Buying your own dairy farm could dramatically alter your lifestyle. But be prepared to say goodbye to lie-ins.
Radio 4 presenter John Humphrys found out for himself that dairy farming isn't as easy as it looks. Some 30 years ago, lured by life on the farm, he bought 134 acres of farmland in West Wales, some semi-derelict buildings, clapped out machinery, and 100 cows.
As he wrote in The Times recently, "It was the third time I found myself lying on the concrete floor, semiconscious and covered in dung, having been kicked clear across the stable by an unhappy cow, that I seriously began to ask myself why I'd bought a dairy farm in the first place."
Humphrys eventually sold the working part of the farm, holding onto the cottage and the prettiest parts of the land, which includes the stream and the woodland.
But though Humphrys may be resigned to getting his milk from the supermarket like the rest of us, the market for dairy farms is on the rise.
Andrew Dodds, land agent at Stags in Exeter says, "A lot more people are entering the sector at the moment. The returns from milk are fairly good and the price of cows has shot up."
But they're not just selling to seasoned farmers. "We do get novices buying dairy farms. As a lifestyle change it can work very well. But you need a lot of energy - it's very hard work, it's early mornings, and there's never a day off because the cows always need milking."
But if you don't want to be too hands on you can, as many people do, employ a herdsman but retain control of the business side of the farm.
A modern, fully functioning dairy market is not cheap. "Not many dairy farms actually come to the market, and when they do they're at the high end of the scale," warns Andrew.
Staggs in Exeter is currently selling Western Farm, a working dairy in Tiverton, which comes with six-bed period farmhouse and 299 acres for £1,980,000.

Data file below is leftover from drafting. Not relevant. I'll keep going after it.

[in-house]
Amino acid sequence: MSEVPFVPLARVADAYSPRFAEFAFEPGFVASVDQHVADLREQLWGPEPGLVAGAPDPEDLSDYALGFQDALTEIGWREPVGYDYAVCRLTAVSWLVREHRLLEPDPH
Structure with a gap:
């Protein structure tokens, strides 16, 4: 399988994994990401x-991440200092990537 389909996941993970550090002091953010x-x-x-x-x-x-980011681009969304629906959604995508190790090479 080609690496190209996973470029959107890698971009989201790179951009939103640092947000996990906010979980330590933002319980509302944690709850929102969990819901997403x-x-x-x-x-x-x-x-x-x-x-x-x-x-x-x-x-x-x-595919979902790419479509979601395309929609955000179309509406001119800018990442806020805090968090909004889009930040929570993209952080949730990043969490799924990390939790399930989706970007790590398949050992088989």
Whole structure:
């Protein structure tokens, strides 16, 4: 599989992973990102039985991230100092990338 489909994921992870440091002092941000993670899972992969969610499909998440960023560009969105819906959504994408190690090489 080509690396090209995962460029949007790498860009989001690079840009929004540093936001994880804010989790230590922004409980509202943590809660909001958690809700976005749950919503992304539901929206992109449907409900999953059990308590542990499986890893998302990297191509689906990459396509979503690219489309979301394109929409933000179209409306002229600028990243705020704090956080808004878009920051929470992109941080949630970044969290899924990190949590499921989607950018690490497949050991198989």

Of course, if you can't see yourself in the milking parlour, there's nothing to stop you buying a dairy farm, selling off the cows and equipment, and perhaps renting out the land to local farmers.
These days a livestock and arable farm, Ty Mawr was a dairy farm until the foot and mouth crisis struck. "Now they've got pigs, cows and sheep and 197 acres," says Nigel.
"There's been huge interest in the land because it's in bits all around the village and lots of people would like to buy the pieces adjacent to their gardens.
"We've also had interest in the farm from people from the city who want to get out, who just want a nice place to live. And there was one person who thought it would be a good boutique hotel, particularly as we have the Hay-on-Wye Festival here."
But, says Nigel, the isolation can be a culture shock for newcomers. "A lot of people who move out of the city are used to having neighbours just across the road and moving to an isolated property is not always the best idea."
The answer can often be to convert the numerous stone and timber outbuildings that come with an old farm, and create a little residential complex. But local planning officers are reluctant to agree to this.
"The government says that former agricultural buildings ought to be offered first of all as holiday accommodation, or places of work, such as craft workshops.
"So the owners have to offer them for sale as such for a certain period - though it doesn't seem that they're often taken up - and, if no one's interested, the planners will look at allowing conversion for residential purposes."
If you still fancy the idea of your own livestock, there are alternatives to cattle.
David Davies from Morgan & Davies in Lampeter is offering a goat dairy in Llandeilo, Camarthenshire, for sale for £520,000.
"Dairy farming is big business in comparison, much more industrial," says David. "If you're going to have less than 200 cows its not really viable. So a lot of people have gone with goats. You need a lot less space, and it's also less regulated – you don't have milk quota, and it's not as much work as dairy.
"It often begins as a hobby. People buy property with land for the lifestyle, say around 50 acres, and they don't know what to do with it, so they get some goats. Then the goats start breeding, and it flourishes, and the farm grows by default.
"There are some people who do it very well and make money out of it. And the popularity of farmers' markets has given them a good outlet for the produce."
And it's not just goats that are proving popular. "You'll find a lot of alpacas and llamas too. I went to a property recently and there must've been about 50 donkeys there. And I was told that mares and foals are making about £1,200 a pair at the moment.
"But it's not really about the money. It's definitely a lifestyle decision."
Though Humphrys may be resigned to getting his milk from the supermarket like the rest of us, the market for dairy farms is on the rise.